"A vegetarian is someone who lives on a diet of grains, pulses, legumes, nuts, seeds, vegetables, fruits, fungi, algae, yeast and/or some other non-animal-based foods (e.g. salt) with, or without, dairy products, honey and/or eggs. A vegetarian does not eat foods that consist of, or have been produced with the aid of products consisting of or created from, any part of the body of a living or dead animal. This includes meat, poultry, fish, shellfish*, insects, by-products of slaughter** or any food made with processing aids created from these."


          @mahazza: The "processing aids" are the ones that surprise people as things like "rennet" for cheeses can be made with animal products and some sauces contain anchovies, etc. Some wines are clarified using egg whites, which would be an issue for vegans. I'm not a vegetarian/vegan but you need to be aware of these things if you are cooking friends who are.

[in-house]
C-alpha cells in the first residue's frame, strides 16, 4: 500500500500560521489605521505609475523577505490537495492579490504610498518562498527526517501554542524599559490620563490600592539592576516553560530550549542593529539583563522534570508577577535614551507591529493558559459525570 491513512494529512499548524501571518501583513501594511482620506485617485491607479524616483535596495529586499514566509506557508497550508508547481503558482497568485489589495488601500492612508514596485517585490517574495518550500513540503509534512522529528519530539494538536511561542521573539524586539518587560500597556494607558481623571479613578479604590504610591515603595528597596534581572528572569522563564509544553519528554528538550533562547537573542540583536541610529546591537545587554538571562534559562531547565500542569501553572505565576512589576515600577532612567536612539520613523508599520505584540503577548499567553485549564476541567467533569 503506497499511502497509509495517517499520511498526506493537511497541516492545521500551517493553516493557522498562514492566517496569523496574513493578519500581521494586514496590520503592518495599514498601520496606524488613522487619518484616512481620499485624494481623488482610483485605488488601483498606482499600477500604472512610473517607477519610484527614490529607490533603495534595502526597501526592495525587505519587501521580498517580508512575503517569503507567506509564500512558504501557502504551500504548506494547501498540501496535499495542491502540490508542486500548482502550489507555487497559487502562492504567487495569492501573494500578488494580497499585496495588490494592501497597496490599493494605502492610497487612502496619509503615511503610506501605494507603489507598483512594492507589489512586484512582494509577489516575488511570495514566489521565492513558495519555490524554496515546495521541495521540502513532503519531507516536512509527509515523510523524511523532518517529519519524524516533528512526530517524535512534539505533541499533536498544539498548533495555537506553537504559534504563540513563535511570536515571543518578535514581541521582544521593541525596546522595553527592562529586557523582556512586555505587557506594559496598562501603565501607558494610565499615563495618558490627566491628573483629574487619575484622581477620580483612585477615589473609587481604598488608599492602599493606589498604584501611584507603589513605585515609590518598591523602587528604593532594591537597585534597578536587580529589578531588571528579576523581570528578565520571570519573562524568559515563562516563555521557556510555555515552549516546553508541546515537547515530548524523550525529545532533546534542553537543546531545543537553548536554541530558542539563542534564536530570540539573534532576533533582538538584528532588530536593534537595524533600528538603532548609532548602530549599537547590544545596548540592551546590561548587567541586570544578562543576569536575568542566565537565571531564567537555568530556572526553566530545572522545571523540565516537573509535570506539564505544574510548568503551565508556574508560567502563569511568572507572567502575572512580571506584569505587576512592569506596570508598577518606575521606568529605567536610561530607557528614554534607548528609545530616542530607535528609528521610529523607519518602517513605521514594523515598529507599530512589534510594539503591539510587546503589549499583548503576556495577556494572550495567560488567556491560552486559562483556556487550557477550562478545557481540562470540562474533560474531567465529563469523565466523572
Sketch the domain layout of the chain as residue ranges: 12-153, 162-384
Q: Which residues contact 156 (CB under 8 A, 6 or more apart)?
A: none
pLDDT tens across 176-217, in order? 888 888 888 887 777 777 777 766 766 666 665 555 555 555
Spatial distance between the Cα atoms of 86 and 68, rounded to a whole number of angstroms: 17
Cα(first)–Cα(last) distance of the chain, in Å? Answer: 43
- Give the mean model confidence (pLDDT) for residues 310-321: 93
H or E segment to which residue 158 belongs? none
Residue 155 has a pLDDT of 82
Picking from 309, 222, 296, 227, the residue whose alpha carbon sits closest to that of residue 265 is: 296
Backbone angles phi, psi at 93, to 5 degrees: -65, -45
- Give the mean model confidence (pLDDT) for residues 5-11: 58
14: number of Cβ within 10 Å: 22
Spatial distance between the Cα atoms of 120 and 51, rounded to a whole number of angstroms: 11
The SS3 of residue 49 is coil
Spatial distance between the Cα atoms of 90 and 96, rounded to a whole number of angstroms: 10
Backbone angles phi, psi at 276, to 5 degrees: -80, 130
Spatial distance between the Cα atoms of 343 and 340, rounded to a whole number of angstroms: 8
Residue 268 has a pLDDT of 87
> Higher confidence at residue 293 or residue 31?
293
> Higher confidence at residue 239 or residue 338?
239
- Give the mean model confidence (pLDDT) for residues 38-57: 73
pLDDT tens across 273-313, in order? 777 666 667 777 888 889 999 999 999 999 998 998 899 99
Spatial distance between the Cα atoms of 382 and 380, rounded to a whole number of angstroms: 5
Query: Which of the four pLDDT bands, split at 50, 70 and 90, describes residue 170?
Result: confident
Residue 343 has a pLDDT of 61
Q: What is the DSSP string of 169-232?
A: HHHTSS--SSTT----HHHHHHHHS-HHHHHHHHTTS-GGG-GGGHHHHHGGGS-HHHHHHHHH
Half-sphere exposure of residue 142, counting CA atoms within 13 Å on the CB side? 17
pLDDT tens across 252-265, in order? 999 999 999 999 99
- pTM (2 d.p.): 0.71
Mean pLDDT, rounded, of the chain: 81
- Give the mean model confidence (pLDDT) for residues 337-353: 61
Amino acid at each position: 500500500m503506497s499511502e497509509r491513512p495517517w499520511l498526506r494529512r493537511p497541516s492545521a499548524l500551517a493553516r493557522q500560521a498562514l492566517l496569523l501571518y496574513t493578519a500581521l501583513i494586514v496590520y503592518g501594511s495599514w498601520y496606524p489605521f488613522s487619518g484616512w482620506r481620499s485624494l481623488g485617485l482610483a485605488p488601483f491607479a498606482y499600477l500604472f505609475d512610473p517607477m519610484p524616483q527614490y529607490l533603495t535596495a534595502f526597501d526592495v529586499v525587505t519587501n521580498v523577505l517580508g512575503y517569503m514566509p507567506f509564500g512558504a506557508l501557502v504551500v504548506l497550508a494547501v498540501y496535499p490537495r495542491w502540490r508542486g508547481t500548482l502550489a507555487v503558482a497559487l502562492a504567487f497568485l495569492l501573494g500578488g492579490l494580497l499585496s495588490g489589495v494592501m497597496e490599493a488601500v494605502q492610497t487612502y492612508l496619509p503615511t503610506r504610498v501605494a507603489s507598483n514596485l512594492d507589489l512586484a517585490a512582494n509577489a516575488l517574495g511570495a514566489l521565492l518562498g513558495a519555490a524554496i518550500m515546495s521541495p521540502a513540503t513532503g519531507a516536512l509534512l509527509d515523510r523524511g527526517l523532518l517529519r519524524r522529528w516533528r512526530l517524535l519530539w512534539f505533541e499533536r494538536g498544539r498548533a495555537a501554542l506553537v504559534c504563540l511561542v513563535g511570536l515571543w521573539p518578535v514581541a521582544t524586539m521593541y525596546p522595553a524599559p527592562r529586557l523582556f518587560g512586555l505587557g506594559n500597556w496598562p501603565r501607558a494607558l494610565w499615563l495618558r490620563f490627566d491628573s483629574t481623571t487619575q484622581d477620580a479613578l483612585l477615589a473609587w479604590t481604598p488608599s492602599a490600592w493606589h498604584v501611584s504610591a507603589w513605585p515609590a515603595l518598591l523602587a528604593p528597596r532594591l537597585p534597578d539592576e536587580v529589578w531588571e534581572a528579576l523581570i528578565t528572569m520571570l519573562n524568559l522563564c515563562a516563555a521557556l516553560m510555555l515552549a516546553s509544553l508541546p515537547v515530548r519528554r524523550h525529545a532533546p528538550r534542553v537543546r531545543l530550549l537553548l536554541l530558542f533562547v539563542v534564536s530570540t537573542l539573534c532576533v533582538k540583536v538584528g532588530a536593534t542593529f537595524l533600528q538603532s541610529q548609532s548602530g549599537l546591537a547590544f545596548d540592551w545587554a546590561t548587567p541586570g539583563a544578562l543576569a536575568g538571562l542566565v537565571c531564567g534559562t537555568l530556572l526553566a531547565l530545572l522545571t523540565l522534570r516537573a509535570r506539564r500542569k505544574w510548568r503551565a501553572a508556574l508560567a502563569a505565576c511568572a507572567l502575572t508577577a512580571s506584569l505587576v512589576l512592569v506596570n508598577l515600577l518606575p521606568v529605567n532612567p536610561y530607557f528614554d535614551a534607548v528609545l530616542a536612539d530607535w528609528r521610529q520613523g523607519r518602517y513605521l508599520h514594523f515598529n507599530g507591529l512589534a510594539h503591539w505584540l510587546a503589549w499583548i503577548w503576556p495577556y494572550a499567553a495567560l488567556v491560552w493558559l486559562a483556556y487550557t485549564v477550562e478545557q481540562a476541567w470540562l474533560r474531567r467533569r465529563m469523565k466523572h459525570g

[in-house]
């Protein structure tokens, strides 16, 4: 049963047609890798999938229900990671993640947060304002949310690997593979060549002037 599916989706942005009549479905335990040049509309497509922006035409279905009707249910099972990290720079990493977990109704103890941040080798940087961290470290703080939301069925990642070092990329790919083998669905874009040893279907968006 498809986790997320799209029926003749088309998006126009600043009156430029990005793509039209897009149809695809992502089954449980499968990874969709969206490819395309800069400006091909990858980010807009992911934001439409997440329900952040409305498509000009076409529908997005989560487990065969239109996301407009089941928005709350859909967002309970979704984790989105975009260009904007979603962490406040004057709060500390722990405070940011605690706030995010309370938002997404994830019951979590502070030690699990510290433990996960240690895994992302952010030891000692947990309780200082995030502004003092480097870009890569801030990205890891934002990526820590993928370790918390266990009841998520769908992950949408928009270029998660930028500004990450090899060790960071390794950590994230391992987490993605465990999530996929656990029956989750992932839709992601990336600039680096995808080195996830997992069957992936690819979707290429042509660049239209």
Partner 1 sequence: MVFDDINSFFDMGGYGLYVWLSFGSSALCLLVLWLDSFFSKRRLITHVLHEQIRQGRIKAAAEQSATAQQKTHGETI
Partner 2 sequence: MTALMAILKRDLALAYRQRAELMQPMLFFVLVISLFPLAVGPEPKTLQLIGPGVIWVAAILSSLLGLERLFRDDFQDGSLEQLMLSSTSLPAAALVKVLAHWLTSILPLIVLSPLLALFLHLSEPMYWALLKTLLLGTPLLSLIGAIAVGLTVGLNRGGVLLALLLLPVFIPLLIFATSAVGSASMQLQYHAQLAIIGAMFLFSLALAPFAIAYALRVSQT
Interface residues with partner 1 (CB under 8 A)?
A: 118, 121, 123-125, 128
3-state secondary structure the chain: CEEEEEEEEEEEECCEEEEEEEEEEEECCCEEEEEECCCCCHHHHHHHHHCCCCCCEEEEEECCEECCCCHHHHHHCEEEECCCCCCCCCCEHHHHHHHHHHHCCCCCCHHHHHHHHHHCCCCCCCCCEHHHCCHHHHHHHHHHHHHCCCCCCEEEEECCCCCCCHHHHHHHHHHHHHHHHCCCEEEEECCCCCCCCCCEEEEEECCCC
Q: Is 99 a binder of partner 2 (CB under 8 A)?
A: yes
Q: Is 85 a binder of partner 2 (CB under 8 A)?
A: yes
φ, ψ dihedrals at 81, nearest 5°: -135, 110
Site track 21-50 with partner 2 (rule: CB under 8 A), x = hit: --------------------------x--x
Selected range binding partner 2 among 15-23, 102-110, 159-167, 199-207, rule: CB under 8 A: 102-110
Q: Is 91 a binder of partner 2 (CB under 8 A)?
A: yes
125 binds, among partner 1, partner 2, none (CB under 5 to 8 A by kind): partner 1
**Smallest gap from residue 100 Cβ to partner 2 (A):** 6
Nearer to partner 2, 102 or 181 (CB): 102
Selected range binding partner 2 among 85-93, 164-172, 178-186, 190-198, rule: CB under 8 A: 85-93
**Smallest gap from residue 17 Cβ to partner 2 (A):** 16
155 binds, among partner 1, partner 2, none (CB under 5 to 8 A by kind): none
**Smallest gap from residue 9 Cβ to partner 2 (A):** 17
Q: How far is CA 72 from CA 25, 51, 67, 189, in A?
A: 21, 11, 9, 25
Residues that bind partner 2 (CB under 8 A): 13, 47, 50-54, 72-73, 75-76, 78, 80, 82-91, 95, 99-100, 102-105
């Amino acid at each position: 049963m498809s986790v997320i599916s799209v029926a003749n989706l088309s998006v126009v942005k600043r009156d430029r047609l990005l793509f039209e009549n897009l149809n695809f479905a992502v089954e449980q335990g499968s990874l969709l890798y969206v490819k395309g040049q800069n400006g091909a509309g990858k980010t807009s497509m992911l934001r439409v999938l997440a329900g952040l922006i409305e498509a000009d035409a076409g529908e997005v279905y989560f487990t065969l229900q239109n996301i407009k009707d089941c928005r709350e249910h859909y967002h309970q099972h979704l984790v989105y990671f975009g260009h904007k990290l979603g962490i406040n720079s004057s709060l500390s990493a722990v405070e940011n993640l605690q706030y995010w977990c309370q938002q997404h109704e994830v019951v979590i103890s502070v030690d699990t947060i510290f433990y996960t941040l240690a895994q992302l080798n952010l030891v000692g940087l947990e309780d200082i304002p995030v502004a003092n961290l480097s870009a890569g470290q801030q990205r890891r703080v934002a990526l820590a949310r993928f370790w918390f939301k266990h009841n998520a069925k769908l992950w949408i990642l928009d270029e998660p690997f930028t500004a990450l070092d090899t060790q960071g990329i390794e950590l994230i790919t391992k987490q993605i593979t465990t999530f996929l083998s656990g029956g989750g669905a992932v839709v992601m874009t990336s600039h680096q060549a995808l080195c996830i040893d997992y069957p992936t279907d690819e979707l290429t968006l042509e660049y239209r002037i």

Personally I'm an omivore, but meat does make up a small amount of my total diet. Unfortunately chocolate makes up a large part of it :)


          Those are pretty much the only varities though, beyond that it's not vegetarianism anymore.



          Dairy and chicken's eggs are slaughter industries. Milk and eggs come from animal bodies. Collecting honey kills bees. That definition from the vegetarian society is as befuddled as can be. It's like saying I'm going to boycott petroleum except for filling my car.


          @thevofa: A bit extremist on chicken's eggs being slaughter industries. Depends on where you live in Melbourne, plenty of areas have backyard chooks who generally keeps the chicken until they are old and die naturally. Dittos with honey collection (doesn't necessarily kills bees), it depends on domestic or commercial practices. When talking about domestic production, you can plead your case as 'unfair population control', like snipping your pet.

    • -8 votes

      Am I a vegetarian if I choose to eat veges with my steak? :P


      Unfortunately it gets very hard to live and draw that line.